Five Ways To Get A Better Night’s Sleep

We know that sound sleep is one of the keys to good health, and that sleep deprivation can put us at increased risk of developing health problems. We’ve got five tips you can use to get the sound sleep you need and deserve.

 

 

It is wonderful to curl up in a freshly made bed at the end of a productive day for a well-earned rest. A good night’s rest isn’t merely a comfort—it is also one of the best preventative measures we can take to maintain good health.

When we don’t get enough sleep—or when we get too much sleep—our heath can pay the price. Insufficient sleep can weaken our bones and increase our risks for obesity, diabetes, and heart disease. Too much sleep may increase our risk of stroke.

Our body’s natural rhythms are regulated by our brain, and this “body clock” helps to decide when we fall asleep, and when we wake up. One of the best methods to adjust your internal clock is to pay attention to your exposure to light and dark.

In the hectic pace of modern life, stress and time demands can make it difficult to get the sleep we need. For some of us, a sound night’s sleep becomes more elusive as we age. In a perfect world, we would all get between six and eight hours of sleep each night. If you find yourself unable to sleep for at least six or seven hours each night, these tips may help you sleep more soundly.

  • Eat melatonin-rich foods. Melatonin is a hormone produced by the pineal gland in the brain—it induces drowsiness. Produced in a daily rhythm, melatonin levels climb after dark and ebb when the sun comes up. As we age, our body manufactures less melatonin, and our levels drop. One way to increase melatonin levels is to add melatonin-rich foods like alfalfa sprouts and sunflower seeds to your diet.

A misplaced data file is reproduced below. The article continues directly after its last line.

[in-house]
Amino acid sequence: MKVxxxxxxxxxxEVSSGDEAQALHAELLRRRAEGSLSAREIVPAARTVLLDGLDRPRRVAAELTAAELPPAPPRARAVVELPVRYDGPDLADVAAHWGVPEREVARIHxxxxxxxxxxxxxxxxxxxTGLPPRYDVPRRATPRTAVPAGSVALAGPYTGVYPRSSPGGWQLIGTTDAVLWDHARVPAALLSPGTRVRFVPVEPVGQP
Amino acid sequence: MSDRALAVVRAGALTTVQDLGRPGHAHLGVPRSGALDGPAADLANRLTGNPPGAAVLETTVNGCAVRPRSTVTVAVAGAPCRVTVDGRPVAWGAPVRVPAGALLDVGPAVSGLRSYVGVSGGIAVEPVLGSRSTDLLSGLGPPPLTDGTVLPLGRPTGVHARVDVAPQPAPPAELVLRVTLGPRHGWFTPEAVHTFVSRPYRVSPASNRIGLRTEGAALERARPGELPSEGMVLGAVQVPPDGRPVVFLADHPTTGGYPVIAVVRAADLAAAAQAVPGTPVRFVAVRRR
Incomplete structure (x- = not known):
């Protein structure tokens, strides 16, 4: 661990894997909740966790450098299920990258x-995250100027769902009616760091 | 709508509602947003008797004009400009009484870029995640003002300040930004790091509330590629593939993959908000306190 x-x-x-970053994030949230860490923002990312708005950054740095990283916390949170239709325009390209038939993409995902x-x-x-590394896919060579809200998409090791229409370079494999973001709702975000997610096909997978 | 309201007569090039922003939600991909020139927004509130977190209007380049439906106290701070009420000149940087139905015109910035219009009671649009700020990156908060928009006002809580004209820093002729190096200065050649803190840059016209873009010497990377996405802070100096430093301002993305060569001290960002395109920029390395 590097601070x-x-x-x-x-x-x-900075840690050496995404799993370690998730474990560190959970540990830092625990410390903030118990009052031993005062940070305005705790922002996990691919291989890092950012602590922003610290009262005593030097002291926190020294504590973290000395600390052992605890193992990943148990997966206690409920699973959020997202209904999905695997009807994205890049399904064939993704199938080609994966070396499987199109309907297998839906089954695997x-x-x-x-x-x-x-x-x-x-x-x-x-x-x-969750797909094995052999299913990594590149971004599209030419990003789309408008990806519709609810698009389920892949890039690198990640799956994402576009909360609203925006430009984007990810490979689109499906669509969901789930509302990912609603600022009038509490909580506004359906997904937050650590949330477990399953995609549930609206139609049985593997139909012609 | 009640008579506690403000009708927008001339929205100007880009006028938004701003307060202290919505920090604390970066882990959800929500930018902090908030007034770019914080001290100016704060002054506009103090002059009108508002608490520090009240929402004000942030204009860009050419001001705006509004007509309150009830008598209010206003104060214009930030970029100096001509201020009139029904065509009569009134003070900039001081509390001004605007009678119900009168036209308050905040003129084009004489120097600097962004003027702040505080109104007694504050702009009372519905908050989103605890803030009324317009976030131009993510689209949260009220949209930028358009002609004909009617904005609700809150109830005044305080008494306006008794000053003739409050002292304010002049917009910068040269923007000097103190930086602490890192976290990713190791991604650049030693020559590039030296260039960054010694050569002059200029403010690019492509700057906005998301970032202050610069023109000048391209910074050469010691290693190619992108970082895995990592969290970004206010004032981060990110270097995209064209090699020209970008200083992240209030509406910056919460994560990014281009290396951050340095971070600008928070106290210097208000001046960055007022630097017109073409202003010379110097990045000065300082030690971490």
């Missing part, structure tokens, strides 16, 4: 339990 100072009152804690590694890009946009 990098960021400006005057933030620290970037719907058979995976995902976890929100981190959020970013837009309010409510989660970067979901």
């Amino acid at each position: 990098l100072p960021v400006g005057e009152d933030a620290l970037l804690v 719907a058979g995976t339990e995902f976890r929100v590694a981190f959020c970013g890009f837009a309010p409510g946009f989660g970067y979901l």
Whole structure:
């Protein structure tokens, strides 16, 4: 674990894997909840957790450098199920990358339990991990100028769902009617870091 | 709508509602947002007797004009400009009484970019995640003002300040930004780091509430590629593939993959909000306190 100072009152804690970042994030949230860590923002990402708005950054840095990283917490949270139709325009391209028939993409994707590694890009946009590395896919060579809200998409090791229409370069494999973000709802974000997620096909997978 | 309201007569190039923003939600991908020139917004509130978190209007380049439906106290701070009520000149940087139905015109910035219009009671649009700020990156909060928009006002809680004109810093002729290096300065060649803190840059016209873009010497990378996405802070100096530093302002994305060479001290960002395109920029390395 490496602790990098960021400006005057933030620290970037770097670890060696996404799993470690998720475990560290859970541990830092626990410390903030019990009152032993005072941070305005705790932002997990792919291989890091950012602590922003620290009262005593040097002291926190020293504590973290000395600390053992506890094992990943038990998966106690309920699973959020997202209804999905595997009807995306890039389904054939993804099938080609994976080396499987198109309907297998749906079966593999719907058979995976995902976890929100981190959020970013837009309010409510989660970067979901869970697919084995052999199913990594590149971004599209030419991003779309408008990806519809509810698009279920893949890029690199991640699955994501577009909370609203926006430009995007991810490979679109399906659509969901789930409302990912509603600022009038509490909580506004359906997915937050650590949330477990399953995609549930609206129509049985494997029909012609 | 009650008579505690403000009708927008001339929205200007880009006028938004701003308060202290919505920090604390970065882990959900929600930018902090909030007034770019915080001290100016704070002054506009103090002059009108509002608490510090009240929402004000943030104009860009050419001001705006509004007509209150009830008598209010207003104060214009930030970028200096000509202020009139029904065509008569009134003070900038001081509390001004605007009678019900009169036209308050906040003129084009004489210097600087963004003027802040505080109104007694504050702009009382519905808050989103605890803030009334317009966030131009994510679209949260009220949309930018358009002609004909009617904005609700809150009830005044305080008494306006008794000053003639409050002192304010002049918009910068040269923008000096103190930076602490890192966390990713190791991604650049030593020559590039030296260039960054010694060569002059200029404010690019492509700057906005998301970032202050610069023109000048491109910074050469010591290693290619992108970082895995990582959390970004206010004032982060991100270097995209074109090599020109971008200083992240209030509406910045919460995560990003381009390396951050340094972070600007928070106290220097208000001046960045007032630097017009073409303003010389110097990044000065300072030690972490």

• Limit use of electronics before bed. Your television, computer, and smartphone emit “blue light” that sends a daytime signal to your body, and triggers lower melatonin levels. This is great during the day when you want to be alert and productive, but at night these signals can sabotage restful sleep.
  • Lower the lights after dark. Using low-wattage bulbs or candles in the evening create a serene, relaxing atmosphere, and help you to wind down and prepare to sleep.
  • Coordinate your sleep time to hours of darkness. When your bedtime corresponds to darkness, you are training your body that darkness means time to sleep. This may mean going to bed a bit earlier—which can also help you get the hours of sleep you need.
  • Get lots of light during daylight hours. Light during the active hours of the day is the complement to associating darkness with sleep. When your active hours occur during daylight, you are training your body to understand that light means activity and darkness means sleep.

Following these tips can help train your body to respond to darkness with feelings of drowsiness, and make it easier for you to get the sleep your body needs.

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